35. Woodguy says:

    merlin9:
    What about Ryan Jones?He’s important to the Oilers for his energy, combativeness, penalty killing, body checking….I think he’s terrific!

    Can someone tell Ryan to get him Mom to stop posting here.

  36. Pouzar says:

    Damn missed the Allan Hull interview…what were the names on his wishlist?

  37. G Money says:

    gcw_rocks: Maybe, if Eakins had watched a little tape of last year, he could have improved upon Krueger’s system instead of implementing a completely new one? In what other job do you walk into, at a new level no less, and ignore what your predecessor did before instituting change?

    I’m not a systems expert, but because of the controversies of the last couple of years, I’ve been trying to at least become conversant with the concepts.

    For all the criticisms of Eakins and his ‘swarm’, the swarm is a form of “overload” and this is a well-understood and relatively widely practiced system in the NHL.

    Krueger’s “pre gapping” system on the other hand is used by no-one else anywhere as far as I can tell, and established itself as both ineffective and likely suffering from “smartest guy in the room” syndrome.

    The mistake was not in changing Krueger’s system, it was adopting it in the first place.

    Just like the mistake was not in firing Krueger or hiring Eakins, it was firing Renney.

  38. Woodguy says:

    gcw_rocks,

    Maybe, if Eakins had watched a little tape of last year, he could have improved upon Krueger’s system instead of implementing a completely new one? In what other job do you walk into, at a new level no less, and ignore what your predecessor did before instituting change?

    Pretty sure that one of the reasons that Eakins was brought in was to change from Krueger’s system.

    By all reports Krueger was a great guy and the players really liked him.

    Why fire a great guy, liked by the players if you are going to keep his system?

    Coaches bring their own beliefs of how to coach and what systems to use.

    To bring in a new head coach and tell him what system to use makes no sense.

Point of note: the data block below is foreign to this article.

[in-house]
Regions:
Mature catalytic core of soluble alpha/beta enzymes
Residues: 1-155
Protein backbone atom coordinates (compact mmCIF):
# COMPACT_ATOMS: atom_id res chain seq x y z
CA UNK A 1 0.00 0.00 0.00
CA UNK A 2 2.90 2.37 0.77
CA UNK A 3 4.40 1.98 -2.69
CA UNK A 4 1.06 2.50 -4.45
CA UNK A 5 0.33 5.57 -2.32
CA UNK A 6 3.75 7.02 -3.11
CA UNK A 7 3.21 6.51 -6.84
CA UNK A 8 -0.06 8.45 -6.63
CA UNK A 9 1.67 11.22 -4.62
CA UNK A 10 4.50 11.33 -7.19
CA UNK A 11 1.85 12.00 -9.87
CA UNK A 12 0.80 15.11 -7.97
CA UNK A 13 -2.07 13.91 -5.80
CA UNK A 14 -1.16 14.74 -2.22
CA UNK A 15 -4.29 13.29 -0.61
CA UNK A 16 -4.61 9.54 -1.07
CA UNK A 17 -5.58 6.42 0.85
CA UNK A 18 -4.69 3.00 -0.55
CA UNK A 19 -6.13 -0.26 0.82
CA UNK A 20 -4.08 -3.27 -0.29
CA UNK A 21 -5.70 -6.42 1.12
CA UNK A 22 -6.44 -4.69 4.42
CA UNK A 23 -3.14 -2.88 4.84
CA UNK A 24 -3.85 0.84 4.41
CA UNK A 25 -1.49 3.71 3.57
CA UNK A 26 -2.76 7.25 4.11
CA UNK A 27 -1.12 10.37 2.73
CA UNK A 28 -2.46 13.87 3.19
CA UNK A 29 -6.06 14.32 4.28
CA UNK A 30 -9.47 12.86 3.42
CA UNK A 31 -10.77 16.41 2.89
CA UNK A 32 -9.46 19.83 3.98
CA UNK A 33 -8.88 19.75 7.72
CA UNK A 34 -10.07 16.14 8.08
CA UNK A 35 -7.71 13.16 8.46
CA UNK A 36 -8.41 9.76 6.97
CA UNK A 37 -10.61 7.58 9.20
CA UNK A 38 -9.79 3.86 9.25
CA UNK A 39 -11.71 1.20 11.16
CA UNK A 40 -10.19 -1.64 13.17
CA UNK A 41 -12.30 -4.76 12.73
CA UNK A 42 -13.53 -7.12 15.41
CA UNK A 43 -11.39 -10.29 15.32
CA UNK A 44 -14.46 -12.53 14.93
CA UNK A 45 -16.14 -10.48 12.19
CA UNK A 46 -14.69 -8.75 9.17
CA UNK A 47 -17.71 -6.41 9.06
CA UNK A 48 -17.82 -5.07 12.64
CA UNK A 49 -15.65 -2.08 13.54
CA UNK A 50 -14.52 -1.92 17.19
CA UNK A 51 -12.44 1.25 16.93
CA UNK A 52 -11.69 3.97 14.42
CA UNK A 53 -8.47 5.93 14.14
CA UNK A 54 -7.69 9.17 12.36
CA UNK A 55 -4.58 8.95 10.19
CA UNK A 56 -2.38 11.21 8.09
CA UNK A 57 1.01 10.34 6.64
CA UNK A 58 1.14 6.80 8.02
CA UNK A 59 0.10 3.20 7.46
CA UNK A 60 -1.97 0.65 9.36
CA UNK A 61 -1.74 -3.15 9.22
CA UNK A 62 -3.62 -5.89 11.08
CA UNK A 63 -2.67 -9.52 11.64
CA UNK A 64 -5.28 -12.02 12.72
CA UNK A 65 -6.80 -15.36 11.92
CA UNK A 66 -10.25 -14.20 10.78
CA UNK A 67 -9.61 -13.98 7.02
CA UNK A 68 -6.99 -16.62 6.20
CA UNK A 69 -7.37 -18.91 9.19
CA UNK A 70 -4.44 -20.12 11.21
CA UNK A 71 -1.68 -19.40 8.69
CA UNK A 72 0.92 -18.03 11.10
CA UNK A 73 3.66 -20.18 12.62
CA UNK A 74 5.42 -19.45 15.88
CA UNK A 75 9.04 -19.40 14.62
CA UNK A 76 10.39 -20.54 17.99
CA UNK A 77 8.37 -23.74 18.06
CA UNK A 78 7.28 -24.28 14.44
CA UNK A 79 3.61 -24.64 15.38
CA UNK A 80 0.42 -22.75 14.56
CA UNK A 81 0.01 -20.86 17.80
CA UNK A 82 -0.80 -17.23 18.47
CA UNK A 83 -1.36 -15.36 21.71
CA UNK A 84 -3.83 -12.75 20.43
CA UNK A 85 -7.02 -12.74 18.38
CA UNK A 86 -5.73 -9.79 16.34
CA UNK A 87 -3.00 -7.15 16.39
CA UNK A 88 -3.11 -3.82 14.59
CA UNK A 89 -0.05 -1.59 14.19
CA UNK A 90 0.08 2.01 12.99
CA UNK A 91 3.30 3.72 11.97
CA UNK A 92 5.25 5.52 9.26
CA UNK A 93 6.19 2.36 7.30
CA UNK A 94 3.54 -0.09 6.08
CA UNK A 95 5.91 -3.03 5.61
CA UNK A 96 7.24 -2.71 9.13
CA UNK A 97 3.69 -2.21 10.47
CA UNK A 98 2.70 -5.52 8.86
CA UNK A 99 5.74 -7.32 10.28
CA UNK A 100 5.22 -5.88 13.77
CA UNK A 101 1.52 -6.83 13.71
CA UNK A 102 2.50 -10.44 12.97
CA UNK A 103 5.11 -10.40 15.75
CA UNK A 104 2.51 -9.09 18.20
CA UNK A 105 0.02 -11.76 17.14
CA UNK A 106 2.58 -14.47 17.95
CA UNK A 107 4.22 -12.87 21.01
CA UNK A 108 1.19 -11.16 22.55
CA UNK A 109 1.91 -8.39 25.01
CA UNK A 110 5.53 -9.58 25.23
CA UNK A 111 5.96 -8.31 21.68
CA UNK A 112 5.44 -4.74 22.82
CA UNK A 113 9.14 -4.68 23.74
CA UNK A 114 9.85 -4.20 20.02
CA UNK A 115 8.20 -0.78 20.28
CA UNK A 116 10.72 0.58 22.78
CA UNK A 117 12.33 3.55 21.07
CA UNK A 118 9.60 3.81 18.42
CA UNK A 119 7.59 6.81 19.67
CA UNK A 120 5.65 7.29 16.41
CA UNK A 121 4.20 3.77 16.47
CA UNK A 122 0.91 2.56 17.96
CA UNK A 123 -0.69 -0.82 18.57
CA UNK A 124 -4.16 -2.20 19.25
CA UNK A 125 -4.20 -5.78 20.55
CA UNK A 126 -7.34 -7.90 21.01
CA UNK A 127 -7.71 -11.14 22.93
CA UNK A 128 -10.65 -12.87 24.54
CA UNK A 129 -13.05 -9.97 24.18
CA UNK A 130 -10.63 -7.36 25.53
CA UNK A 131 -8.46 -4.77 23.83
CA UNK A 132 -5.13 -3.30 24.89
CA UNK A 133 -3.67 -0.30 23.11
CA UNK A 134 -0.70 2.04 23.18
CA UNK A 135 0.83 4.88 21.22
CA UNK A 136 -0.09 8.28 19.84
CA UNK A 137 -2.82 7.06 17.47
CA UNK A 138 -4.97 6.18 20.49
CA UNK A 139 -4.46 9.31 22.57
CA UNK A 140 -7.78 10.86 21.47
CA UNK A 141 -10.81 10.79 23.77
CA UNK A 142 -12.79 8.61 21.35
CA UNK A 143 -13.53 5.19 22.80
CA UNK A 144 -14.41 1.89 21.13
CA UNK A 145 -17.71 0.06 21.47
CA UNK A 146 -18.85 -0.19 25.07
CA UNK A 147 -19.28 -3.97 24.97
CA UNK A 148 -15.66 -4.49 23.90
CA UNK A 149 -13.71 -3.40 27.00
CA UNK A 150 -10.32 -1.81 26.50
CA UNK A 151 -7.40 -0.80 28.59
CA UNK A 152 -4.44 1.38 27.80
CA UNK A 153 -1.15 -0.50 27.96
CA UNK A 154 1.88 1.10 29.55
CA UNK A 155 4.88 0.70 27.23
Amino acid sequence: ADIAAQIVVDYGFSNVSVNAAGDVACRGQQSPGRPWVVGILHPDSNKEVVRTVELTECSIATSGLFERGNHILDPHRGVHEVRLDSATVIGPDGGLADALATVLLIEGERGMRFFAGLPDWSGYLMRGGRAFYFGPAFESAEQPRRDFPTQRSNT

If they (MacT) wanted Krueger’s system, they would have kept him.

    Its pretty clear from the verbal of MacT that he sees the game the same way as Eakins and wants him team coached that way.

  39. Woodguy says:

    G Money,

    Krueger’s “pre gapping” system on the other hand is used by no-one else anywhere as far as I can tell, and established itself as both ineffective and likely suffering from “smartest guy in the room” syndrome.
    The mistake was not in changing Krueger’s system, it was adopting it in the first place.
    Just like the mistake was not in firing Krueger or hiring Eakins, it was firing Renney in the first place.

    This is the correct answer and well stated.

  40. Caramel Obvious says:

    If someone wants to criticize Eakins on systems I’d like them to start on the break out. By my eye and memory this is where the Oilers really struggle.

    If someone can convince me that the Oilers struggle with zone exits because of the breakout systems that Eakins is using I will abandon my support for Eakins despite my love of his press conferences.*

    *The fact that there are people here who don’t like the way Eakins talks to the media is incredible. Incroyable!

  41. Romulus Apotheosis says:

    Pouzar:
    Damn missed the Allan Hull interview…what were the names on his wishlist?

    Letang, Subban, Weber

    Moss, Kulemin, Winnik, Hornquist

  42. Woodguy says:

    Lowetide: tilited towards the strengths of the roster.
    This is why you don’t change the coach.
    Learning a new system every year is making the players head spin.
    Leave the coach and players in place so the system becomes how they play hockey and not something they have to think about.
    Don’t think, you’ll just hurt the ball club.

    I want Kevin Lowe.

    I’m not kidding either.

    Tough as nails and could make a pass.

    Handle the toughs, break up the cycle and get the puck going the other way in a hurry.

    Closest they may have in the system is Klef.

    Nurse may be similar, but has more offence and chaos (at this time)

    As fpr available talent?

    Giardi is probably the closest on the UFA market, but I don’t think he brings enough offence.

  43. Romulus Apotheosis says:

    theres oil in virginia:
    Romulus Apotheosis,

    Yeah, I guess that makes a certain amount of sense, but I just keep thinking of the logjam at bottom-end defense.Belov does have size and age in his favor.

    It would be nice to see guys like Marincin, J-Schultz, Klefbom and Fedun in some of those spots, along with vets like Ference.I wonder if Belov gets dealt at the deadline.Isn’t he more valuable to a contender without a contract extension?

    You don’t want that many rooks and near-rooks though.

    xxxxx-petry
    ference-j Schultz
    Marincin-Belov
    Fedun

    That still looks weak.

    xxxxx-xxxxx
    Ference-Petry
    Belov-j Schultz
    Marincin

    Looks a lot better to me.

  44. Pouzar says:

    Romulus Apotheosis: Letang, Subban, Weber

    Moss, Kulemin, Winnik, Hornquist

    Dang…I approve! THX RA

  45. Woodguy says:

    Woodguy: I want Kevin Lowe.

    I’m not kidding either.

    Tough as nails and could make a pass.

    Handle the toughs, break up the cycle and get the puck going the other way in a hurry.

    Closest they may have in the system is Klef.

    Nurse may be similar, but has more offence and chaos (at this time)

    As fpr available talent?

    Giardi is probably the closest on the UFA market, but I don’t think he brings enough offence.

    For the record I rate Spacek above Giardi

  46. Jon K says: